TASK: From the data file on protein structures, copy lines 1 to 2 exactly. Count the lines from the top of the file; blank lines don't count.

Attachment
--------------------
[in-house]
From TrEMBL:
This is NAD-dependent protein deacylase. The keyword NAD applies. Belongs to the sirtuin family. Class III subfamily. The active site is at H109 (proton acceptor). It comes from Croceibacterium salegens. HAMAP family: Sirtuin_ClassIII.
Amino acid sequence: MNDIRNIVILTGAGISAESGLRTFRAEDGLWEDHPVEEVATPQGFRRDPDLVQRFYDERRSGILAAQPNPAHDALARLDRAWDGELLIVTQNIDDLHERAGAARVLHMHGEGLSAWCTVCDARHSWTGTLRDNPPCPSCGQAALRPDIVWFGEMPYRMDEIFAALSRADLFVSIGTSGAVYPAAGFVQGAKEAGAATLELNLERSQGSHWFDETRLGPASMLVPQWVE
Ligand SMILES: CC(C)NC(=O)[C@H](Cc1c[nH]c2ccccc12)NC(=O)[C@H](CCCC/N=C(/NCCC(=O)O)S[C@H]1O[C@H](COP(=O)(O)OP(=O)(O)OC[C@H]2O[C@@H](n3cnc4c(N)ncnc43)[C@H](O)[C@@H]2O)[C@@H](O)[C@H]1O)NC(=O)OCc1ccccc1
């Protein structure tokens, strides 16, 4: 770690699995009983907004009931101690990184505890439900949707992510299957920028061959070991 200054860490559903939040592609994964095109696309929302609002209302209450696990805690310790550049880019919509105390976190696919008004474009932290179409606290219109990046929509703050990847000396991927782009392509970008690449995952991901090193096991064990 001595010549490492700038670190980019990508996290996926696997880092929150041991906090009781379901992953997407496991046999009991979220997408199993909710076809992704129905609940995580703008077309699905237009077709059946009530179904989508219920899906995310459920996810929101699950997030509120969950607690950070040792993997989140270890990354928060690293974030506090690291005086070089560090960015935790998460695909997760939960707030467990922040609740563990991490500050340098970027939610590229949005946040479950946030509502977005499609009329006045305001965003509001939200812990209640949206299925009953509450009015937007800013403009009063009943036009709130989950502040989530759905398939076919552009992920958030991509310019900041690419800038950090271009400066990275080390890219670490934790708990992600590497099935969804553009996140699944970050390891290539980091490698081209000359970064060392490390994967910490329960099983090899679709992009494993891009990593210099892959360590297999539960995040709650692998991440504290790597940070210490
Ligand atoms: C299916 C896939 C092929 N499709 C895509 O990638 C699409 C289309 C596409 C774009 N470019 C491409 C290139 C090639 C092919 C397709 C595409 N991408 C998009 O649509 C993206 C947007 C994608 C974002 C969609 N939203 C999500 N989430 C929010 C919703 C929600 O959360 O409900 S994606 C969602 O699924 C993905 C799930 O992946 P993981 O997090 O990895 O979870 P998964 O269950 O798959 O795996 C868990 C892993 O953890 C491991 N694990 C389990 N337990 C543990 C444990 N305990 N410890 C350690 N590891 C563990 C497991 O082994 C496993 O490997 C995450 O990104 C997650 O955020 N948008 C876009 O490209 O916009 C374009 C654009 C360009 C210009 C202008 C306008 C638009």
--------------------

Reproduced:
[in-house]
From TrEMBL: